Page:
If we think of some of the most successful alliances in the auto industry, the first name that would pop up in your mind would be the alliance of Renault and Nissan. The man behind the miracle of bringing French and Japenese companies together and dominated the partnership was Carlos Ghosn. But now after Carlos Ghosn is in jail for the charges of illegally underreporting his income, Renault face a leadership crisis. But with Carlos Ghosn fall the truth has surfaced, as he exercised a significant level of powers and all the success of alliance revolved around him only. The trouble of cooperation deepens with him, not leaving behind a clear successor.
Now Renault is ready to get a wiggle on, Renault CEO Thierry Bollore appointed under Ghosn was pushed aside and was replaced on an interim basis by Delbos, who is Renault finance director. Tension prevails between Nissan and Renault and at the same time Renault is on a hunt for new partners to buy it cars and components. Renault has also withdrawn its plan of possible merge with Fiat Chrysler Automobiles(FCA) after Nissan, and French state failed to give their backing, but according to Renault, the FCA deal will be reexamined at some stage.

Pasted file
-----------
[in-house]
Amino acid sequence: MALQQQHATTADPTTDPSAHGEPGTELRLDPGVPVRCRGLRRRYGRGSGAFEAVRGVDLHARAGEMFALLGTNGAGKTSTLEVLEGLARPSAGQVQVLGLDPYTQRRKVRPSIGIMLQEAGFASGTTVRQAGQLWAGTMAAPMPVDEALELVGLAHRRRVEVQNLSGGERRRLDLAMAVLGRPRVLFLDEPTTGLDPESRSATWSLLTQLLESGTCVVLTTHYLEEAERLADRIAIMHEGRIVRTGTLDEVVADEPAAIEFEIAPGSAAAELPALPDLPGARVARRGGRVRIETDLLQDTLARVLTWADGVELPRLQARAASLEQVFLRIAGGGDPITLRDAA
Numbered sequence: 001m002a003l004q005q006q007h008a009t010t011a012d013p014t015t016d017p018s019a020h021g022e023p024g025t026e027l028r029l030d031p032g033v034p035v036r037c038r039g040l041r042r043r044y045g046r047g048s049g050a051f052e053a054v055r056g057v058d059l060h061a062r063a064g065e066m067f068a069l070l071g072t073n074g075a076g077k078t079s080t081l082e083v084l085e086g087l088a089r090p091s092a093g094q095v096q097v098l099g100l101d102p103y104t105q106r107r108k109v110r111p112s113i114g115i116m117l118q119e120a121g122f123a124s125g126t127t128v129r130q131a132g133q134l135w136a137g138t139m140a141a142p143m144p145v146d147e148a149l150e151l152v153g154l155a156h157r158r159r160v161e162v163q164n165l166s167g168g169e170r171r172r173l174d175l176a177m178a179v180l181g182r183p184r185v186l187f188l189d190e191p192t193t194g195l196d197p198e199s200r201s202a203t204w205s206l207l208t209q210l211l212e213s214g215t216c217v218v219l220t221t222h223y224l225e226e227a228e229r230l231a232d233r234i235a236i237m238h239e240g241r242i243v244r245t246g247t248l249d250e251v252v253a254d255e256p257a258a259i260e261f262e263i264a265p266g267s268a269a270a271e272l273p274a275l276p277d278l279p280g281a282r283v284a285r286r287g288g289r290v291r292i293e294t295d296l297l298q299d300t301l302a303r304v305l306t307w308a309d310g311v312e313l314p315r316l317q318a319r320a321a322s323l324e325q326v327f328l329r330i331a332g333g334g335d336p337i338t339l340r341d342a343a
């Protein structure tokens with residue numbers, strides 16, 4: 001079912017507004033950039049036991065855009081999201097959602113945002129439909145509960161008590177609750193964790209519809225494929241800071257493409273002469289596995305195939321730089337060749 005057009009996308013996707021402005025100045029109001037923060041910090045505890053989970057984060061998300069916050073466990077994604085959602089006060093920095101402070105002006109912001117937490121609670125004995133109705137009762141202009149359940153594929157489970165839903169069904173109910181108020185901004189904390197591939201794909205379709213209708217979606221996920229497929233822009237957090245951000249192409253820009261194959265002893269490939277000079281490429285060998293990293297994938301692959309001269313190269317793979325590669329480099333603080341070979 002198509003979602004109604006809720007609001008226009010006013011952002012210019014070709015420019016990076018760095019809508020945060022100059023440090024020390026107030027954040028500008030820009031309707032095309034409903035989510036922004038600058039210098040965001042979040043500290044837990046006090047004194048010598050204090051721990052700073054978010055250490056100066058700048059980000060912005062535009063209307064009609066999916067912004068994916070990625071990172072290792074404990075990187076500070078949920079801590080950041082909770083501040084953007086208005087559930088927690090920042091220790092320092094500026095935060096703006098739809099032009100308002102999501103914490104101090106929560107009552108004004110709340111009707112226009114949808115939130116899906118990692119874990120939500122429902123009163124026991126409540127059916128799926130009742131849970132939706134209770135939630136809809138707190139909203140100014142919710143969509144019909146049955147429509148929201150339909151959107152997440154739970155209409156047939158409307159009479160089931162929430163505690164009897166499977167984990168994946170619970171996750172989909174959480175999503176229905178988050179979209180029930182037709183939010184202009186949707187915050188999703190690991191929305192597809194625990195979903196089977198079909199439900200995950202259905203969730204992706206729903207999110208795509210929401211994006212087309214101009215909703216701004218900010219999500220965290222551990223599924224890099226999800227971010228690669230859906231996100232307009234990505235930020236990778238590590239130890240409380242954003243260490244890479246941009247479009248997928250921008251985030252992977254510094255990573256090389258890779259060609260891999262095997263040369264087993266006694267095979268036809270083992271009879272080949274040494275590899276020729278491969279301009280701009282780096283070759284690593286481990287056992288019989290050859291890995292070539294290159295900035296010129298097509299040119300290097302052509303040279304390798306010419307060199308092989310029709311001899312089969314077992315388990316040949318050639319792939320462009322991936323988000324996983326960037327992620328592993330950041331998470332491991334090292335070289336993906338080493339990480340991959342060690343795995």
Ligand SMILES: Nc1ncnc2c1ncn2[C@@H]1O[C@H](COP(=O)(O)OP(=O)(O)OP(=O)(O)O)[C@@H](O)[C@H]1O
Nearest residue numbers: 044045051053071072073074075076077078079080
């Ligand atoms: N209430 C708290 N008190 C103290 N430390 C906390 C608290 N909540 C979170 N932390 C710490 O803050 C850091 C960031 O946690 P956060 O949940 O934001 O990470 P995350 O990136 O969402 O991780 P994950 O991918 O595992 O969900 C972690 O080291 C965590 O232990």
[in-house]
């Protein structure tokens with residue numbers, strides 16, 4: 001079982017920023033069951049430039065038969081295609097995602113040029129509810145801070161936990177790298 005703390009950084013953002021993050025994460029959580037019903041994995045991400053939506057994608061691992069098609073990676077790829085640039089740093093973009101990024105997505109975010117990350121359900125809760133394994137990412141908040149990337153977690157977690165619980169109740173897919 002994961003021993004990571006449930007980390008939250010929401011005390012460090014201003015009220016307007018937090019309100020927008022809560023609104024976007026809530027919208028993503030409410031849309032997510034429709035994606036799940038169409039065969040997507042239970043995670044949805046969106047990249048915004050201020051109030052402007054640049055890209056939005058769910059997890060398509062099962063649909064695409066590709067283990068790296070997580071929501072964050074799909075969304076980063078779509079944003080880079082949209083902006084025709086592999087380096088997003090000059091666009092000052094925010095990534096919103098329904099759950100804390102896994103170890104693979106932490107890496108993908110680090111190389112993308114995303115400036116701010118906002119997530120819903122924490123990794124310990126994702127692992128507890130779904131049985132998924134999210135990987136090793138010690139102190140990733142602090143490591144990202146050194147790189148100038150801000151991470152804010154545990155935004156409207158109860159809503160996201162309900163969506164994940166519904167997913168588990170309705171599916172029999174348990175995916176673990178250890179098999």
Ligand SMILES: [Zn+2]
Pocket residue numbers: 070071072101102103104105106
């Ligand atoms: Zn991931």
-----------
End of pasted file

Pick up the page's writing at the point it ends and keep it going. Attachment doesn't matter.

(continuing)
Currently, Renault is taking all measures to regain its grasp on the market by turning the page on and regaining the trust of the investor. The company is currently under strategic review with “nothing off the table”. New interim CEO Clotilde Delbos did not disclose every aspect of the evaluation, but some critical points of consideration were discussed. Every aspect of the business, including Renault long time and prominent participation in Formula One motor racing, is being reviewed. Also, the company has pledged to put the Ghosn era behind, thus “Drive the Future” strategy- a plan that was launched in 2017 by Ghosn is under review and plans are of making changes in policy.
The Renault-Nissan alliance is a unique example of how to achieve many of the benefits of a merger without the complications of actually merging. The coalition was studied at business schools as a unique example of how to manage the merger of two firms and earn maximum profit from it. Still, the alliance suffered due concentration of power in one hand and abuse of these powers.